Title: ‘Should Responsibility Affect Who Gets a Kidney?’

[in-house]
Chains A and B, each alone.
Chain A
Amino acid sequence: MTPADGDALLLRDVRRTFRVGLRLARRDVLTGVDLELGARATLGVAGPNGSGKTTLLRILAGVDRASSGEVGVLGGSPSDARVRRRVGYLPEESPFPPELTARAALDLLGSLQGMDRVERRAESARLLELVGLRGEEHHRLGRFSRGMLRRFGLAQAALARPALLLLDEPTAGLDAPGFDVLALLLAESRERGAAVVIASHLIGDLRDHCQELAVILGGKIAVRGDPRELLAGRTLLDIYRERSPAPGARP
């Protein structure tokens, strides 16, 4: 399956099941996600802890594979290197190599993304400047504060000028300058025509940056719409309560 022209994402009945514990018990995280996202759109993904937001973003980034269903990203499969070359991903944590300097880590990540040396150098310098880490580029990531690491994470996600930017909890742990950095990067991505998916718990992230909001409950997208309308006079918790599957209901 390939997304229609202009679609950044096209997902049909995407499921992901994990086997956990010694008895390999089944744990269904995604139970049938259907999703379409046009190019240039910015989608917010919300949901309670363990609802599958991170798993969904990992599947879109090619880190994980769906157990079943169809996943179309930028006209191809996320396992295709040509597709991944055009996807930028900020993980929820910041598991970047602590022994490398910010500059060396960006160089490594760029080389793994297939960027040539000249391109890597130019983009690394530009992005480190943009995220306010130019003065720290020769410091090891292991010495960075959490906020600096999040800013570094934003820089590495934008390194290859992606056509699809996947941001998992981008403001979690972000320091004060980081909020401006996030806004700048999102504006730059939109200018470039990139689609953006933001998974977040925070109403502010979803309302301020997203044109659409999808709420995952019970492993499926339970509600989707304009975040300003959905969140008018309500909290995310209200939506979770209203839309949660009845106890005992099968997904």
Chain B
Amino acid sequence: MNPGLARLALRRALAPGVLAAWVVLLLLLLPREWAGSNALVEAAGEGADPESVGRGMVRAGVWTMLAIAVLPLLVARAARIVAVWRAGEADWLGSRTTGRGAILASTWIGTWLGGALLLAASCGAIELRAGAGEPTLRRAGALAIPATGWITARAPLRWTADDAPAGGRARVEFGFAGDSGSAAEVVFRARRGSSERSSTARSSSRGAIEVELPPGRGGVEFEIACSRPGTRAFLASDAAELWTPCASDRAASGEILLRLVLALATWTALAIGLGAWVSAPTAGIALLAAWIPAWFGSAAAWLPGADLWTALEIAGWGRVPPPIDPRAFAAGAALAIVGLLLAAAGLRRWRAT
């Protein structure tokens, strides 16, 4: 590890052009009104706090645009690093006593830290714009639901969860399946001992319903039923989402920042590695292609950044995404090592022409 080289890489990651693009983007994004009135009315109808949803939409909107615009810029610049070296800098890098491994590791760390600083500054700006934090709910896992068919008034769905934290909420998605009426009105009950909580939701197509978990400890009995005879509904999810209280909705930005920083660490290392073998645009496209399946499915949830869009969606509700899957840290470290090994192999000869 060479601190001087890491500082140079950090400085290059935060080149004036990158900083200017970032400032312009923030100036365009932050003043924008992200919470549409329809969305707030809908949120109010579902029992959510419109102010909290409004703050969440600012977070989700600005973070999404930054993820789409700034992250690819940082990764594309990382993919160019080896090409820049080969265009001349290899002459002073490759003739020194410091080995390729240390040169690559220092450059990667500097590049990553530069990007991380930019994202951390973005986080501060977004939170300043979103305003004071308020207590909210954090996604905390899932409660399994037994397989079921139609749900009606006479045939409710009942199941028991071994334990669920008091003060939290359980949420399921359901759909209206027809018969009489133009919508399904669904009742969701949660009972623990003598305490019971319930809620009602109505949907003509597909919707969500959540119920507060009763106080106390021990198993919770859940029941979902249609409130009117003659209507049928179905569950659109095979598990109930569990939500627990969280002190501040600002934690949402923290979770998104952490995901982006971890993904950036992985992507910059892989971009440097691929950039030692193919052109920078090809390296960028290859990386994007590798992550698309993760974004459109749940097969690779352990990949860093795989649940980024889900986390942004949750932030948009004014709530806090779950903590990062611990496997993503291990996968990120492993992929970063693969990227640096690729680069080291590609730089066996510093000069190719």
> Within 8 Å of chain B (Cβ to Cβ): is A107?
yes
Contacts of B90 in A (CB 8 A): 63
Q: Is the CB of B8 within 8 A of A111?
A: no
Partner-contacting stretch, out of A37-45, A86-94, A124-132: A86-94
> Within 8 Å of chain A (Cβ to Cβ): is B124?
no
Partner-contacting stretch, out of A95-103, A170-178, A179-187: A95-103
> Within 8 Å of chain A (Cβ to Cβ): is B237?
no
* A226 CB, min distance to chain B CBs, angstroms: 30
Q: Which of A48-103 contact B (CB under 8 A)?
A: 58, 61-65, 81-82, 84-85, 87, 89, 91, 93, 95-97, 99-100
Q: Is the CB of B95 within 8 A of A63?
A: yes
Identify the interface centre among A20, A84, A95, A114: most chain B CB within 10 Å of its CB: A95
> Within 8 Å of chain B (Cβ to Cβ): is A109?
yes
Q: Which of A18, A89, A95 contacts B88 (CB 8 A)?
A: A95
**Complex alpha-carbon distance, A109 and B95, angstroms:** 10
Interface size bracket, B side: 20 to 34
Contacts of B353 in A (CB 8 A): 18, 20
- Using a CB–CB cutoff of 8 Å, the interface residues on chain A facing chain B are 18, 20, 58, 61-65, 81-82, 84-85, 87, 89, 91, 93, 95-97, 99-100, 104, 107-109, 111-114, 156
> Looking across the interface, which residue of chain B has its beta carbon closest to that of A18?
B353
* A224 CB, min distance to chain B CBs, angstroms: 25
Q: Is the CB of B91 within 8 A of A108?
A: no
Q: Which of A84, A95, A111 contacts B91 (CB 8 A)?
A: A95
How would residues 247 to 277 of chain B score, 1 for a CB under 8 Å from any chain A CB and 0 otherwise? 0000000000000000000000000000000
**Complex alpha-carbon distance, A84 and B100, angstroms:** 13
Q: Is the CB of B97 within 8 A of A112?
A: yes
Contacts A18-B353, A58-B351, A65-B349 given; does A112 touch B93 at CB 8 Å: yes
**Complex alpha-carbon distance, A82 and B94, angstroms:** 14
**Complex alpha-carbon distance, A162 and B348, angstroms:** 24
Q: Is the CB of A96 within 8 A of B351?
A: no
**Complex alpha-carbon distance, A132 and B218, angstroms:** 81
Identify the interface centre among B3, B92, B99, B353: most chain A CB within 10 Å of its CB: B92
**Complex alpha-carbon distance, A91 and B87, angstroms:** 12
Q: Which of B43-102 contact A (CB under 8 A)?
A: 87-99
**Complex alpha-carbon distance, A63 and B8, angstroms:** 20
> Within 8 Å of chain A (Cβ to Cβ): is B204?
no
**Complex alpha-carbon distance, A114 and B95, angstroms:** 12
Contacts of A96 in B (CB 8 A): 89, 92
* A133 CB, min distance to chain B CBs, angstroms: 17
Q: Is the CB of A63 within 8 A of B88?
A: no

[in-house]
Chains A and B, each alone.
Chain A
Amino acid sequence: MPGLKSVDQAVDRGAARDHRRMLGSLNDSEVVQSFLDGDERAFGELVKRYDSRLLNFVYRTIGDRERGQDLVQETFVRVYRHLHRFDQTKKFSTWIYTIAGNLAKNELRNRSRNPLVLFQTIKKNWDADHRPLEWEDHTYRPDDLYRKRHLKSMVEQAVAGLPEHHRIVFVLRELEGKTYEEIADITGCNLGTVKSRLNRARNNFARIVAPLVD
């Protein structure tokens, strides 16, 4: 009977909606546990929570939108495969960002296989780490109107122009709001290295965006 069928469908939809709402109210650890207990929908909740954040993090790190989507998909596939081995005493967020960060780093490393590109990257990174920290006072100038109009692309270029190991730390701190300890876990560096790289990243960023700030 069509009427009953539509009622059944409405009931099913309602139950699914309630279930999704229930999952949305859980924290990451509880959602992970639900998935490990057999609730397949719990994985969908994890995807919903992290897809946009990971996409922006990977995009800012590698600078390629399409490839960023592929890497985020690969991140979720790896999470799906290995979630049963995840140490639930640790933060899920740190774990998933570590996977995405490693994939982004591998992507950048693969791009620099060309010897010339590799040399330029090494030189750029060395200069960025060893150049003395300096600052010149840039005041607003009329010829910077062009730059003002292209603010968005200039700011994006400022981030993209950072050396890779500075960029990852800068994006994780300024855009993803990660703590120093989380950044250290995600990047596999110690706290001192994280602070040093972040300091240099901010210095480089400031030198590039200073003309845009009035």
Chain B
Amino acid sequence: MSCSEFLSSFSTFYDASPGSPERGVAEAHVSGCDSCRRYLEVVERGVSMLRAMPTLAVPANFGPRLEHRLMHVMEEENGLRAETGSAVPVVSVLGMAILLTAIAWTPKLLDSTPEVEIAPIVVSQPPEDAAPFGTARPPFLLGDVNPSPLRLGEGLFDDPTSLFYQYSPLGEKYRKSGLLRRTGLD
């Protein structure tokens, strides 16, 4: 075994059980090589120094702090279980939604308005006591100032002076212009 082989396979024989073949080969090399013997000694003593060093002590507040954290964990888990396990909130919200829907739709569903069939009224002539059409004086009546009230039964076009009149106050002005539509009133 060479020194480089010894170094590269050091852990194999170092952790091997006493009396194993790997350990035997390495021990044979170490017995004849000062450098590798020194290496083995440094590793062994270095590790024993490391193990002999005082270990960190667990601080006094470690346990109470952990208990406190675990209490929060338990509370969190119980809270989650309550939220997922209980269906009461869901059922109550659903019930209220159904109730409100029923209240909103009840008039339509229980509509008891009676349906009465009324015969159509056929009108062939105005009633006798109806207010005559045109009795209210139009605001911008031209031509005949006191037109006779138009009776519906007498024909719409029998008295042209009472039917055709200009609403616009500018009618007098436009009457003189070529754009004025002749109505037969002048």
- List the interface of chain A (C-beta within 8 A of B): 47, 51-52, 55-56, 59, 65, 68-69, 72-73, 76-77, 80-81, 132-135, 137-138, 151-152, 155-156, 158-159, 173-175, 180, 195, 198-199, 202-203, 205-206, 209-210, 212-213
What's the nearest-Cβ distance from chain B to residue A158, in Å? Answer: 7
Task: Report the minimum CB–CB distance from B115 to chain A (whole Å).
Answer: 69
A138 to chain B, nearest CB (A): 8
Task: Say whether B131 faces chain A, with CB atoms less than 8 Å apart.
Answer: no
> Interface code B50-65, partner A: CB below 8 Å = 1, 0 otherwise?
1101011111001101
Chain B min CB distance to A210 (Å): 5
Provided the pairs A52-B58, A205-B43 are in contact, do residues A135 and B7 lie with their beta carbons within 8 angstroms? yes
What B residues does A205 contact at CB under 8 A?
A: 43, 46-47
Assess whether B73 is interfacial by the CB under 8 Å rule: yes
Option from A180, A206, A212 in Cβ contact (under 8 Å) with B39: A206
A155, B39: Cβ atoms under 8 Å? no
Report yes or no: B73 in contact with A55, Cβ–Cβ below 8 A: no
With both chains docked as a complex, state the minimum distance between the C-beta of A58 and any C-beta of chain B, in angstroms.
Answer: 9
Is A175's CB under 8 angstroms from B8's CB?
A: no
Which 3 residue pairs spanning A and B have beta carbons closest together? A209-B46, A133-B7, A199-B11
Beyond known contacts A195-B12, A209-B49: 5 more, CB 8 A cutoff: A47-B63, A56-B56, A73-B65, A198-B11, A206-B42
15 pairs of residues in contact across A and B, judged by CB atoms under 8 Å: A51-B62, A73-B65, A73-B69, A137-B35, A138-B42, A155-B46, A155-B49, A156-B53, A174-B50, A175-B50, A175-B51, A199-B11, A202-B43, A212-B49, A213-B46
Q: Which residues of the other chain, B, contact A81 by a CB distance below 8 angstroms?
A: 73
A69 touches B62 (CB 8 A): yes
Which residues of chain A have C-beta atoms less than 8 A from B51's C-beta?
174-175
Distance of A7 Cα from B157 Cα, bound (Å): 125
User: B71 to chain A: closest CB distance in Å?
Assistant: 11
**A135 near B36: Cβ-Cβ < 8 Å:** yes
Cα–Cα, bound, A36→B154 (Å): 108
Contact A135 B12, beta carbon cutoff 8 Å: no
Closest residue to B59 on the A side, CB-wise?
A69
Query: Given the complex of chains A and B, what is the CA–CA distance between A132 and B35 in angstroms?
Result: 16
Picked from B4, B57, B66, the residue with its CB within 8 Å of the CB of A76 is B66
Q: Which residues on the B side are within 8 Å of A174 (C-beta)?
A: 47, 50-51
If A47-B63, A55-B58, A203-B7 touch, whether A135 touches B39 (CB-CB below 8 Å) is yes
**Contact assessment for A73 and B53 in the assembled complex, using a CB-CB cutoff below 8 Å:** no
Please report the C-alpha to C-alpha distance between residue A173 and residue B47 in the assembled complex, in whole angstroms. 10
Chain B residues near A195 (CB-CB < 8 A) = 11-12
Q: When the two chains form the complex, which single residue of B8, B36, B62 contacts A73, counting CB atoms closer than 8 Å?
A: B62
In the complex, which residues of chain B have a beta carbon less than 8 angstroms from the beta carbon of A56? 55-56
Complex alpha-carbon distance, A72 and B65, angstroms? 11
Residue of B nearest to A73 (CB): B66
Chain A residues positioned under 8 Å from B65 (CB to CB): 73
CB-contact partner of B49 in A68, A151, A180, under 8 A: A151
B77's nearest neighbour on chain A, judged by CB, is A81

Abstract: About 98,000 people in the US are waiting for a kidney transplant, but only around 20,000 kidneys become available each year. As a result, doctors sometimes have to decide who gets a kidney. Many people (though few medical providers) hold that, when two patients need the only available kidney, and one but not the other is responsible for their own kidney disease, then the patient who is not responsible should get the kidney, other things being equal. We report two experiments that reveal what people hold patients responsible for and how responsibility affects how people allocate fault and kidneys. We also discuss some theoretical and practical implications of these empirical studies.